Of course, Jobs is the Teflon CEO. Almost nothing tarnishes him, from his near-pathological desire for secrecy to his well-known tirades against other Appletons.
The Bloomberg report was careful to note that it did not see any communications where Jobs directly made the nonpoaching offer, only the ones where Colligan rejected it. However, Jobs did make a not-so-veiled threat about "having more patents and more money than Palm" if it came down to a legal grudge match. That sounds like Jobs to me.
As PCworld's Tech Inciter David Coursey notes:
It is disappointing, but hardly amazing, that Jobs would try to do something that shows such disrespect to the engineers and others who actually create the products he gets credit for....Steve, there is an easy way to "stop this" that isn't nearly so likely to trigger a federal investigation: Stop treating your people like indentured servants. Treat them well, pay them what they are worth, and accept that even then some will want to leave for different, even greener pastures.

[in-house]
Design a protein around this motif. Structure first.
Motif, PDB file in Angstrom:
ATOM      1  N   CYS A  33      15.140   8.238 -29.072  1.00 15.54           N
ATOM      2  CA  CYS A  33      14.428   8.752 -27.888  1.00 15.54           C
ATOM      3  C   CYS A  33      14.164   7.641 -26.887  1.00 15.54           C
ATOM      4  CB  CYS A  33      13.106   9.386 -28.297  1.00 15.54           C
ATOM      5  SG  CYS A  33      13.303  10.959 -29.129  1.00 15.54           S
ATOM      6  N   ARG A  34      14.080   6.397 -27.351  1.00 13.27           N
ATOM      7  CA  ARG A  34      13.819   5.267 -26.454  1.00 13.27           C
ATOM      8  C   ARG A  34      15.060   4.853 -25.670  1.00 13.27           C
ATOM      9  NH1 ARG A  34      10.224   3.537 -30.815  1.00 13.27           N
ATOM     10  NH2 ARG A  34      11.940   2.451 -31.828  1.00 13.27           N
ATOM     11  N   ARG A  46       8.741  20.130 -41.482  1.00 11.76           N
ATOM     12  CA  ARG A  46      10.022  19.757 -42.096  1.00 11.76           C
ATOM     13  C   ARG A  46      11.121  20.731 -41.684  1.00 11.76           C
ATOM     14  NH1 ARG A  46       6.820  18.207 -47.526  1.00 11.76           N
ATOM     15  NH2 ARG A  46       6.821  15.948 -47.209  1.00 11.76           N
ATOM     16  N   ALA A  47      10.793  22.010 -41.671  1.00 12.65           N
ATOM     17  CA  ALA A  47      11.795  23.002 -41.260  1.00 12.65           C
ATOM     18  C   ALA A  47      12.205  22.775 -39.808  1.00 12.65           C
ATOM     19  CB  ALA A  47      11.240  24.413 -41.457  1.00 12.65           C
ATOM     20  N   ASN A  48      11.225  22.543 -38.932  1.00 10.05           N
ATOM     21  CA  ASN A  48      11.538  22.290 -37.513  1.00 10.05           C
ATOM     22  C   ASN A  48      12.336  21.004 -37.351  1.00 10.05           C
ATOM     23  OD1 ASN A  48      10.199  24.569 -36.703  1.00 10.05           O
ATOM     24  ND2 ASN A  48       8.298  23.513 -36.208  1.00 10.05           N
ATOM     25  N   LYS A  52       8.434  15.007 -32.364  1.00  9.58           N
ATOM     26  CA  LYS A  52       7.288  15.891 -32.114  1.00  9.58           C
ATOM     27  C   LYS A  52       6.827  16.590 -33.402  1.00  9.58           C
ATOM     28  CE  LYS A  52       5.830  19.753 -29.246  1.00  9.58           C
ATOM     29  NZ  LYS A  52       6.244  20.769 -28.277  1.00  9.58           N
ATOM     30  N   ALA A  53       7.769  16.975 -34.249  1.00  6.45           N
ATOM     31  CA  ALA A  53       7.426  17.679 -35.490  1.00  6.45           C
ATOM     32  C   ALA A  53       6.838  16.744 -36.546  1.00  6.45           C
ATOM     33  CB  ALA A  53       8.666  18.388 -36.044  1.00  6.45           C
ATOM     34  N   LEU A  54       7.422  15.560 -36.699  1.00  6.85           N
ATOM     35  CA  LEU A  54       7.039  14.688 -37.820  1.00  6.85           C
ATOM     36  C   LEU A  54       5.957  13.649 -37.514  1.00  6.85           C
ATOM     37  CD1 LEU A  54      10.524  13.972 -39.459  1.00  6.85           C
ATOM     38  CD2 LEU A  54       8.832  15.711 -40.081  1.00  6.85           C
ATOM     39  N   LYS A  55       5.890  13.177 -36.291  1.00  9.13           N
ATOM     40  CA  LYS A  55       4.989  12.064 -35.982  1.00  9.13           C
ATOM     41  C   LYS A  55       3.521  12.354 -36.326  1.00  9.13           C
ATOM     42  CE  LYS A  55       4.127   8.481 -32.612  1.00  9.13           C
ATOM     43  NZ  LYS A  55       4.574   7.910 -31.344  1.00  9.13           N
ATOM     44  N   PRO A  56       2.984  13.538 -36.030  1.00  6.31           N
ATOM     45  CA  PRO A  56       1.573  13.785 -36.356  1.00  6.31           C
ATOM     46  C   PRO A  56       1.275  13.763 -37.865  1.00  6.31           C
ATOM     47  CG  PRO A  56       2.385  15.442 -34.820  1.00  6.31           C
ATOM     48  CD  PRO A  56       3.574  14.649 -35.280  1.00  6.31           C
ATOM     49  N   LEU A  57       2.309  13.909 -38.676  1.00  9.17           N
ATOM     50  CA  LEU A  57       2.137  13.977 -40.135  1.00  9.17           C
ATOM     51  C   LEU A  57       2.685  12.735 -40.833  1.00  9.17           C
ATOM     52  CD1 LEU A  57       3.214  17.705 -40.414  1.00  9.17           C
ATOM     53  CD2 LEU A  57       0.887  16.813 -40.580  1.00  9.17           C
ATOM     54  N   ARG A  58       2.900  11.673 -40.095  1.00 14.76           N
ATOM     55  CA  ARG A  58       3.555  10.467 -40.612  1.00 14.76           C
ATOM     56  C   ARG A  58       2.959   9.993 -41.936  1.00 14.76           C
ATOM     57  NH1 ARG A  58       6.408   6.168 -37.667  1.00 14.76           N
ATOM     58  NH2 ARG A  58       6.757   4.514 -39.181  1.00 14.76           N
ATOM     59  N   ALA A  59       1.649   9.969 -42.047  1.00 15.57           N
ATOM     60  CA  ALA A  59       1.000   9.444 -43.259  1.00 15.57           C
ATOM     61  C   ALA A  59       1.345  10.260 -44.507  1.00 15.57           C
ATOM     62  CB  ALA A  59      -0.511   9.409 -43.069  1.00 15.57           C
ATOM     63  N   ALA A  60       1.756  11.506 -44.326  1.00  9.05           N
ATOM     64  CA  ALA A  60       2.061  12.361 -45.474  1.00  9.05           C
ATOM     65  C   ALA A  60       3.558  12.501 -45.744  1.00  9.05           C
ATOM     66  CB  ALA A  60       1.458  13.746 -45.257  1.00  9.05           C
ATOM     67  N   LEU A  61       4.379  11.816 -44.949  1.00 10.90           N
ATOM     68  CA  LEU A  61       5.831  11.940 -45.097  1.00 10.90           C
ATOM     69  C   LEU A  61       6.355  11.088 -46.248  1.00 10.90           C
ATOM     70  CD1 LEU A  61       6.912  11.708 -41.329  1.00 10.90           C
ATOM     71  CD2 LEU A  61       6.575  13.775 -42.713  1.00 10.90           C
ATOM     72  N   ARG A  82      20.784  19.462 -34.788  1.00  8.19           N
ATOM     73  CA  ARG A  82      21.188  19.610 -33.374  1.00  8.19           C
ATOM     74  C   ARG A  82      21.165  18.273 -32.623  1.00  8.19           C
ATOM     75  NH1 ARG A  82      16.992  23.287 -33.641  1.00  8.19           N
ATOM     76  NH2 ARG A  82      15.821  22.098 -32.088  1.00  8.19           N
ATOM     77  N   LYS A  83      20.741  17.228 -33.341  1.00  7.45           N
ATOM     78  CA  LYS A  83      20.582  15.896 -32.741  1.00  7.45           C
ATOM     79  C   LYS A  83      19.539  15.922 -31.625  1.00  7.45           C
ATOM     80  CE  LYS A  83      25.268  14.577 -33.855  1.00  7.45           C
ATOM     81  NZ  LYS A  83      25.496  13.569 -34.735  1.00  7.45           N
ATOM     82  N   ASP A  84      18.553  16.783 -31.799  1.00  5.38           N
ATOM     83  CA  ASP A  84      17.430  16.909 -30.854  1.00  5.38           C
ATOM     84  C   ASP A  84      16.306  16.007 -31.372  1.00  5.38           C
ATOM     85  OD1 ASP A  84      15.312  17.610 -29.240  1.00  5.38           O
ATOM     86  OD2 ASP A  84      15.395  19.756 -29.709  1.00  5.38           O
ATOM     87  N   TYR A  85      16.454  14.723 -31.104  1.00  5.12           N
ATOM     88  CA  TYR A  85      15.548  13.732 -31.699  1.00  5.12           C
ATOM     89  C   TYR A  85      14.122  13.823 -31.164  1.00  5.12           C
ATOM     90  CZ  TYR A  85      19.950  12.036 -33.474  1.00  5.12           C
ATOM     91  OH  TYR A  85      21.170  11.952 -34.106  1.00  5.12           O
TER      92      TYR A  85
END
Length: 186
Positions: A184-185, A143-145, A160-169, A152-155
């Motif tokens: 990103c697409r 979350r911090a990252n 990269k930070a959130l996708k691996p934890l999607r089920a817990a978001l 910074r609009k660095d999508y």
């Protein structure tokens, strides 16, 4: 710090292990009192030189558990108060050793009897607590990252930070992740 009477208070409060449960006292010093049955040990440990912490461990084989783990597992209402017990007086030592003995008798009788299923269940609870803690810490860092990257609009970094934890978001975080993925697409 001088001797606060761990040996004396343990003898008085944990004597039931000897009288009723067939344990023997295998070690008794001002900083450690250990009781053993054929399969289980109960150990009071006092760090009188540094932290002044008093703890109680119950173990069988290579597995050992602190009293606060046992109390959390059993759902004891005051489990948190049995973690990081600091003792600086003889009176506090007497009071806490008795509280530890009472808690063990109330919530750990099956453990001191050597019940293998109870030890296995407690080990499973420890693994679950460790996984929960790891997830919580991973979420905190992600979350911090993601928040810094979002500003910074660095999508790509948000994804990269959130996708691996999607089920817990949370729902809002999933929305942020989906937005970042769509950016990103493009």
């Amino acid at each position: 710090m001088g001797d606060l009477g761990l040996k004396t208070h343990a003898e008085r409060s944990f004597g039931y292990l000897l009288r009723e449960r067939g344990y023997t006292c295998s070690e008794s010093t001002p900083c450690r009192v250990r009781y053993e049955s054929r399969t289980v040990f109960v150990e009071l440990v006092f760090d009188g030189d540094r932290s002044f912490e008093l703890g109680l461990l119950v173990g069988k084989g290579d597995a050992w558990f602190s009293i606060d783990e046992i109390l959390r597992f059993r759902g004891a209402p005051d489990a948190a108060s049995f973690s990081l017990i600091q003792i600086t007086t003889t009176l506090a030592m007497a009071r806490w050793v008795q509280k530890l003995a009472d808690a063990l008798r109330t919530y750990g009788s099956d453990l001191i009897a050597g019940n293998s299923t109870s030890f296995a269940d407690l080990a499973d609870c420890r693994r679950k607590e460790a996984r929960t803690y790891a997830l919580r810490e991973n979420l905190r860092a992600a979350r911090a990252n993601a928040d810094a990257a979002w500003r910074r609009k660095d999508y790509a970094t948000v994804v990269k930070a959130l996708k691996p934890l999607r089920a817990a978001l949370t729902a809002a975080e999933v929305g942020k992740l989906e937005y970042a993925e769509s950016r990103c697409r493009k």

Will this be the thing that finally brings down the Annointed One? Somehow I doubt it. The most I see coming out of this are a long legal wrangle, followed by some kind of settlement involving fines and a vow to "do better next time."
But it does indicate the kinds of stakes at play here in mobile wars, how far companies are willing to go to protect their turf, and just how nasty it's likely to get.
Who do you think will win the battle for global mobile domination? Cast your votes below or e-mail me: email@example.com.